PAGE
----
With the ruling issued on September 12, 2019 in Cofemel, C-683/17 (the “Decision”), the Court of Justice of the European Union (“CJEU”) affirmed that the only condition for a design to be eligible for copyright protection is its originality, so that it shall qualify as a “work” within the meaning of directive CE/2001/29 (the “InfoSoc Directive”), when it is its author’s own intellectual creation and bears his personal touch—as previously ruled in the landmark cases Infopaq, C-5/08 and Painer, C-145/10.
The Decision is the result of a reference by the Supreme Court of Portugal in the context of a pending dispute between two companies, Cofemel Sociedade de Vestuário SA (“Cofemel”) and G-Star Raw CV (“G-Star”), both active in the field of manufacturing and the sale of clothing. According to G-Star, Cofemel had copied some of its jeans, sweatshirt and t-shirt models, thus —inter alia—infringing its copyright, as G-Star argued that these were original creations and, as such, enjoyed protection pursuant to the applicable Portuguese legislative provisions on copyright and related rights.
The demands advanced by G-Star had been upheld in both the First and Second Instance by the competent Portuguese courts, so Cofemel appealed the decision of the Court of Appeal of Lisbon (Tribunal da Relação de Lisboa) before the Supreme Court of Portugal (Supremo Tribunal de Justiça). Before referring the case to the CJEU for a preliminary ruling, the Supreme Court observed that the Portuguese legislative provisions invoked by G-Star in the main proceedings do not clarify what the required degree of originality for designs is in order that they fall within the scope of copyright protection, given the reference in such national provisions to the fact they shall amount to “artistic creations”. In fact, the point is debated among both national case-law and commentators. Here lies the interpretive issue behind the questions referred by the Portuguese court to the CJEU, who went on to ask whether Article 2(1)(a) of the InfoSoc Directive—according to which Member States shall provide the exclusive right to authorize or prohibit the reproduction of their works for authors—should be construed in the sense that it precludes national legislation which, in relation to designs, makes their eligibility for copyright protection subject to the existence of a certain level of aesthetic or artistic value.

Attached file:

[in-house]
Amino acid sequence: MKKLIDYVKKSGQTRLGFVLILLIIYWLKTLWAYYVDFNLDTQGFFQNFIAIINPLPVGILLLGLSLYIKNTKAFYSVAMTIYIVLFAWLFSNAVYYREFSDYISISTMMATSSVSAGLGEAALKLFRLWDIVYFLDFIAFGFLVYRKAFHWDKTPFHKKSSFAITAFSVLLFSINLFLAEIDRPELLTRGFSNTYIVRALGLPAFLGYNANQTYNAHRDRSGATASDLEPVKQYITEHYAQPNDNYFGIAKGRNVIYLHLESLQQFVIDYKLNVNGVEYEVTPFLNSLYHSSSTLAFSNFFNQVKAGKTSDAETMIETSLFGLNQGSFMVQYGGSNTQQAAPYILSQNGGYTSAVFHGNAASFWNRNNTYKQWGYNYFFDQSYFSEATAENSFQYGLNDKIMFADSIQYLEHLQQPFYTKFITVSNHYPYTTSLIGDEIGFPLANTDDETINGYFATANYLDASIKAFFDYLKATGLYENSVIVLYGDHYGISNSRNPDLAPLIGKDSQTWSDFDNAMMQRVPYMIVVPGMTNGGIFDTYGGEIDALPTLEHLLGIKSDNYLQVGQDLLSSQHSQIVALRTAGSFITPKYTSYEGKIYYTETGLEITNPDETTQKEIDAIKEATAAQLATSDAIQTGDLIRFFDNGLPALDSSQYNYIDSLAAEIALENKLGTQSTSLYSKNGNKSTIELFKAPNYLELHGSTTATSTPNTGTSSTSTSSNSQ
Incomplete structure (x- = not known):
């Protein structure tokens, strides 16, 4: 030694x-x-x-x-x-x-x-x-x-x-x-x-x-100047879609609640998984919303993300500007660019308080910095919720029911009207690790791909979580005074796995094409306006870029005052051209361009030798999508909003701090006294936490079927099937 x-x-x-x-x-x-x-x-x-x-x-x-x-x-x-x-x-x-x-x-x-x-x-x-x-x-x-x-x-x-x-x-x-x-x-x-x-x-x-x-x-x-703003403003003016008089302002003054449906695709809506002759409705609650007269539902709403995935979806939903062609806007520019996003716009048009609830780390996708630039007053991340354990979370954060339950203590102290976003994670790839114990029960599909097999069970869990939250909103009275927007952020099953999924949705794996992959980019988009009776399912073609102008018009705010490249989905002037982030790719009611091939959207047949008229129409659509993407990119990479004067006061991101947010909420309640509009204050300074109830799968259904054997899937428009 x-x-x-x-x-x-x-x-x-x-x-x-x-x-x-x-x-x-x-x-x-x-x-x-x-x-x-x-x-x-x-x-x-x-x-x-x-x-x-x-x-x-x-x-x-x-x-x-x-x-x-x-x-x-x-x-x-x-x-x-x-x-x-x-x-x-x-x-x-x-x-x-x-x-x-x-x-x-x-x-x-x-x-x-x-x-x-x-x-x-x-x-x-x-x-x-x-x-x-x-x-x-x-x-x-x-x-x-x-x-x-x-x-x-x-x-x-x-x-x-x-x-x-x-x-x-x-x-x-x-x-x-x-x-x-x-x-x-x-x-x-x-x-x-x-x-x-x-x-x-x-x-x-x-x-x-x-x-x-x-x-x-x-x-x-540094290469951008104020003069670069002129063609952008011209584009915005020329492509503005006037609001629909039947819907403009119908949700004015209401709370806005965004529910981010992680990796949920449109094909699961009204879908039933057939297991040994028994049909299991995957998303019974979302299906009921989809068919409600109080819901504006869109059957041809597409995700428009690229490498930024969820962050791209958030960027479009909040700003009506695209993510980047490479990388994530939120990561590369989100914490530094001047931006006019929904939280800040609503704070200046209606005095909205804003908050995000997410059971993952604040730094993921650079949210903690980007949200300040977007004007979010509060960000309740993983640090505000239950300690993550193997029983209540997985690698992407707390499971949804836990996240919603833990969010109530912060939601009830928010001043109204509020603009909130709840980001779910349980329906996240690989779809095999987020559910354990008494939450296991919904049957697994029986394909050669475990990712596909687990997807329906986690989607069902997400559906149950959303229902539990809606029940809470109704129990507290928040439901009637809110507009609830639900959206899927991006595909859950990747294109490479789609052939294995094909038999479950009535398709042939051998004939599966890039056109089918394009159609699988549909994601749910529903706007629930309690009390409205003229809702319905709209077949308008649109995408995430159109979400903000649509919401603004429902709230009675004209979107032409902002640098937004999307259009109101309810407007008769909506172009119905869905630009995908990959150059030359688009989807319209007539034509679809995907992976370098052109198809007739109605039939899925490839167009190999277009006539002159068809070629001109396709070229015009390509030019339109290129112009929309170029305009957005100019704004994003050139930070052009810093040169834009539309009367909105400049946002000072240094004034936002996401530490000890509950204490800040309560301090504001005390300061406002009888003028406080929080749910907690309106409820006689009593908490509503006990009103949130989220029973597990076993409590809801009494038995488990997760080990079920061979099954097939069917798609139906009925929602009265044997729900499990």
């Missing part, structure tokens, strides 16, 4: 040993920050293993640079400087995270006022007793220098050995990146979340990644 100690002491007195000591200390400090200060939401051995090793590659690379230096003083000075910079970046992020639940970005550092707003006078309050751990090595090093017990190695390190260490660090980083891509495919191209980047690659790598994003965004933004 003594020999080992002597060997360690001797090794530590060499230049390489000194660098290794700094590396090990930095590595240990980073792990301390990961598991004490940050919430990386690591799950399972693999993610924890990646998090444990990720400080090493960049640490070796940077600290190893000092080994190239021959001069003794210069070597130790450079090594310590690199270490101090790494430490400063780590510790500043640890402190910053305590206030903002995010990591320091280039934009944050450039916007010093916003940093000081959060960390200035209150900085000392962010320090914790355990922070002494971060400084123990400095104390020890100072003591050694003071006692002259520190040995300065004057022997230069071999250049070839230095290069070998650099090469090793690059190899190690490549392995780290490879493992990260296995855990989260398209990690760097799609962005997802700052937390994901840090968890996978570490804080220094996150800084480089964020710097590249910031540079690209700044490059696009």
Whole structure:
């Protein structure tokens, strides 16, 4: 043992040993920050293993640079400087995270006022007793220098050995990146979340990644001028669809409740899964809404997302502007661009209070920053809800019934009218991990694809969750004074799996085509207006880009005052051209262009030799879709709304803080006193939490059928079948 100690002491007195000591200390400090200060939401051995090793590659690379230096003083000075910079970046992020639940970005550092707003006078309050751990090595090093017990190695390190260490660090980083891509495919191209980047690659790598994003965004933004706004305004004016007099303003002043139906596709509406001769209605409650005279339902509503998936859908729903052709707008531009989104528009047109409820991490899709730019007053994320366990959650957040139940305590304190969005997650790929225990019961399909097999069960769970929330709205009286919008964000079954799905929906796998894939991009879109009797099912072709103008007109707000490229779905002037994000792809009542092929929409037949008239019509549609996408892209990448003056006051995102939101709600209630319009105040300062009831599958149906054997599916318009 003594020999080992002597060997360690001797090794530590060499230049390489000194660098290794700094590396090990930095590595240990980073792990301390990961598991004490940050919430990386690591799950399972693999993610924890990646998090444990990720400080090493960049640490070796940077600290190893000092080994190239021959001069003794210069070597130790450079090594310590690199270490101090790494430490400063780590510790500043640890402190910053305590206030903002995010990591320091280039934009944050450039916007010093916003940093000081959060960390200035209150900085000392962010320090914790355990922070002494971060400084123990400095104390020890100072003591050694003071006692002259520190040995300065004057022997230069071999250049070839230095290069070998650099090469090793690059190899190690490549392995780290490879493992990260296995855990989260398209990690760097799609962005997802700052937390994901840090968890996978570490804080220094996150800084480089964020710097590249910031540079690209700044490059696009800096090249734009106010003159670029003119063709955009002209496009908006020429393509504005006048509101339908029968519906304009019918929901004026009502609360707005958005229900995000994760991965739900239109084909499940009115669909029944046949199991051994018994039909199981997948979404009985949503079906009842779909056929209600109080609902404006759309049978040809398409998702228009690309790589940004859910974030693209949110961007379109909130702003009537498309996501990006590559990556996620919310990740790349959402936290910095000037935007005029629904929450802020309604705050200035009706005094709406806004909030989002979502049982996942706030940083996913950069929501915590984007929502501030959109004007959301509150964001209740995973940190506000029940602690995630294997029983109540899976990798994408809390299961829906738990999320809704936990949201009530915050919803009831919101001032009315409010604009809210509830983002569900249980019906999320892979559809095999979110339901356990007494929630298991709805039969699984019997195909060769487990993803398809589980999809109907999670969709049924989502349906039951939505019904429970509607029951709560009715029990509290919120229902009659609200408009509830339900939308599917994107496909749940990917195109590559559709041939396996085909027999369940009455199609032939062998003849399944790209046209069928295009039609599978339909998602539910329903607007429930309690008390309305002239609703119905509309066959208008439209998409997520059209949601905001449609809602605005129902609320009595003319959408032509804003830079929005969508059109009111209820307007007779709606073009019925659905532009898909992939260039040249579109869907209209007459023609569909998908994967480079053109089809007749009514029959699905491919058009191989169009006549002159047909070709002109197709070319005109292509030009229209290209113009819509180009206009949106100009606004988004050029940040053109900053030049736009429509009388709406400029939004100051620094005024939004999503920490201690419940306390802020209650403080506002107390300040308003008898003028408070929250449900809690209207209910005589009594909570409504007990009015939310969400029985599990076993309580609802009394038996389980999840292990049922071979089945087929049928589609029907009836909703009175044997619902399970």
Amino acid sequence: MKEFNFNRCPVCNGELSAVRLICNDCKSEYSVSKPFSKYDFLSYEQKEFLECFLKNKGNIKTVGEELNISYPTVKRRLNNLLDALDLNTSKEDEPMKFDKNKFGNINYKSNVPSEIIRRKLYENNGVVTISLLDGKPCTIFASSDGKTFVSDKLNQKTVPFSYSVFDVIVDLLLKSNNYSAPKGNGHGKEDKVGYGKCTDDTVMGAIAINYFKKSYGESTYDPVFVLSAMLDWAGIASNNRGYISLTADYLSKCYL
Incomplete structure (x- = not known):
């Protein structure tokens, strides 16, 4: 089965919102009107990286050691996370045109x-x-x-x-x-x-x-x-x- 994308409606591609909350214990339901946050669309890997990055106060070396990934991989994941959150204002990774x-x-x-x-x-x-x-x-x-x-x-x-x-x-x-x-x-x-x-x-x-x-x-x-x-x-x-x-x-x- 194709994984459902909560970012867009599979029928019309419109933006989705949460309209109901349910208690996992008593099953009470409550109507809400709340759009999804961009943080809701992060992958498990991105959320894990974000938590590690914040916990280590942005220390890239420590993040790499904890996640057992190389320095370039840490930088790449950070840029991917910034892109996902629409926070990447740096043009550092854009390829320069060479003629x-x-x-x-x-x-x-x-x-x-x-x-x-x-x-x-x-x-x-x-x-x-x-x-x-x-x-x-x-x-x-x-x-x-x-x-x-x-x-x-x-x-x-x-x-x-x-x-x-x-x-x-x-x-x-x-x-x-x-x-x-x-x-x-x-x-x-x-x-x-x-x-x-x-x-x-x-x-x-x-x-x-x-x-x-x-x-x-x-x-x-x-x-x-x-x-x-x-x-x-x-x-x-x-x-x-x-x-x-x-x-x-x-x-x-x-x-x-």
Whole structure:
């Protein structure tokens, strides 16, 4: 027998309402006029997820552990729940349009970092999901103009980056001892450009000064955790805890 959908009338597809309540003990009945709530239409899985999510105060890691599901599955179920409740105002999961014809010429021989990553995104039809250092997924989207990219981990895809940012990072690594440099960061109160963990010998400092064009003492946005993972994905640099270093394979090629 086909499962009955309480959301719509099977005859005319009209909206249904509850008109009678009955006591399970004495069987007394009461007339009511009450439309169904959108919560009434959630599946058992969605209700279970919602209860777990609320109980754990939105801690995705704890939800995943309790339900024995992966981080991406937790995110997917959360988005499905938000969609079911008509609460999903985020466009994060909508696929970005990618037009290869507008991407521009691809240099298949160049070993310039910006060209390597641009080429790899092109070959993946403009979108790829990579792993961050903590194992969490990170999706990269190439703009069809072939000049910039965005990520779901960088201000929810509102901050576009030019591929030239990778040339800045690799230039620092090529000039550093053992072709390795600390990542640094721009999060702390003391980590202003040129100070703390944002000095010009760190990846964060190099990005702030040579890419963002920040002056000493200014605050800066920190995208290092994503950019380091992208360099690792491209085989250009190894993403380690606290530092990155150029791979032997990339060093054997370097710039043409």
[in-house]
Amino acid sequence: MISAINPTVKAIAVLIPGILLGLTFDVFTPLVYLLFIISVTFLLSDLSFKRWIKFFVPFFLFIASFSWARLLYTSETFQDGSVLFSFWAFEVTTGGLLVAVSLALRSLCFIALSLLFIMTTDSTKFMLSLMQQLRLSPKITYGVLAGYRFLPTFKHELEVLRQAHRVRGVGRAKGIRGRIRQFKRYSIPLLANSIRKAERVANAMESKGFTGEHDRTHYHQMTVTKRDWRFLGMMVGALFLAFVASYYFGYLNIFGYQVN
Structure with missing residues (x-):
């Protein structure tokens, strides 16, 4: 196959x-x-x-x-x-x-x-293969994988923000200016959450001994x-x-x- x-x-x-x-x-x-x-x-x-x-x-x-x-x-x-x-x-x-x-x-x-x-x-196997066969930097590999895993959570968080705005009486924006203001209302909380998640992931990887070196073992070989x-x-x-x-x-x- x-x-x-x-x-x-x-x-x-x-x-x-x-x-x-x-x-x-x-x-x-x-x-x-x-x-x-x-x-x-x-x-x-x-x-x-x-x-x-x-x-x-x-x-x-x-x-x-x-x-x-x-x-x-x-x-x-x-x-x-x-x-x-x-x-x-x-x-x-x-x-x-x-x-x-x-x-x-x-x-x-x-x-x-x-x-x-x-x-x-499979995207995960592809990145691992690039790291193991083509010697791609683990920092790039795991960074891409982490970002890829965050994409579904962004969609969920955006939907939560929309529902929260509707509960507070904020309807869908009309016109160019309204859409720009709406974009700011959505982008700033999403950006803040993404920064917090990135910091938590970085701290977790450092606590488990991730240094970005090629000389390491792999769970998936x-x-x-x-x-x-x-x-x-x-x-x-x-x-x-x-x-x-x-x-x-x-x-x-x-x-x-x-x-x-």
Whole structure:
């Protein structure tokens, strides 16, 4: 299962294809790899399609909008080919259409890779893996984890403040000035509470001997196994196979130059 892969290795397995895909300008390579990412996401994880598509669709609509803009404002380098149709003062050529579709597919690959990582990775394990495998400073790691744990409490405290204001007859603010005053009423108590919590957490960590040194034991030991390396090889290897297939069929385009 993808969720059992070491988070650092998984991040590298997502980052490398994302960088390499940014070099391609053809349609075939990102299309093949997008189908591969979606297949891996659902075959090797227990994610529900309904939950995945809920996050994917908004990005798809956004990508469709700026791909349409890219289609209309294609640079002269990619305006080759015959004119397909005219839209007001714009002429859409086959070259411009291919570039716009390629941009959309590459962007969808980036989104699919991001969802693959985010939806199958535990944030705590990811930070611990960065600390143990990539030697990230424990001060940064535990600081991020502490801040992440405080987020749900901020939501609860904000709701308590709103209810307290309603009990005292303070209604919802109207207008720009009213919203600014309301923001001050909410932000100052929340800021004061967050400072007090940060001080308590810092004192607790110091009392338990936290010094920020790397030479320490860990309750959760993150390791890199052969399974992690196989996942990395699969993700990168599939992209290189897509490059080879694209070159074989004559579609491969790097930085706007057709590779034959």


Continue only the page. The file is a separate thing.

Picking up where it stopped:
In other words, the CJEU has been called to answer whether designs should qualify as creative works due to the mere fact that they are the original intellectual creations of their authors or, instead, if Member States can set out other requirements, so that the fact that designs generate an effect from an aesthetic perspective may be a relevant condition for the access to copyright protection at a national level.
Recalling its own well-settled case-law (inter alia Infopaq, C-5/08 and Levola Hengelo, C-130/17), the CJEU reiterated that any original object should qualify as a “work” within the meaning of the InfoSoc Directive inasmuch as it represents an intellectual creation of its author. The CJEU went on to add that this qualification shall cover the elements of a “work” that are the expression of such creation. When assessing whether a creative work is eligible for copyright protection, any element that thus brings into play a degree of subjectivity in such an assessment shall be avoided, as it would be prejudicial to legal certainty.
Consequently, according to the CJEU, Article 2(1) of the InfoSoc Directive prevents Member States from setting out legislative provisions that require any element other than originality in order for a work to be eligible for copyright protection. For these reasons, in the case referred to above, the CJEU excluded, on the one hand, industrial models and designs being subject to higher scrutiny—meaning that they should not need to have any artistic value to access copyright protection—while, on the other, the mere fact that they may generate a visual impact from an aesthetic perspective is not per se relevant in the assessment of their nature as creative works, that is, of their originality.
The Decision is likely to have a significant impact on Member States whose national legal systems require designs to have something more than “ordinary” originality to be eligible for copyright protection. This is the case of Italy—not without reason, having already referred similar questions to the CJEU in Flos, C-168/09—where Article 2(1)(10) of Law no. 633/1941 on copyright and related rights requires these works to be endowed with an “artistic value” in addition to the generally required minimum level of creativity.
As in Portugal, Italy too has experienced a long and passionate judicial and scholarly debate on the actual meaning of such artistic value and its peculiar role in setting out a field-specific threshold for designs. Now, the Decision should provide further (and more definitive) guidance to national courts—Italian ones included—and should pave the way for wider access and more objective scrutiny when it comes to designs and copyright protection.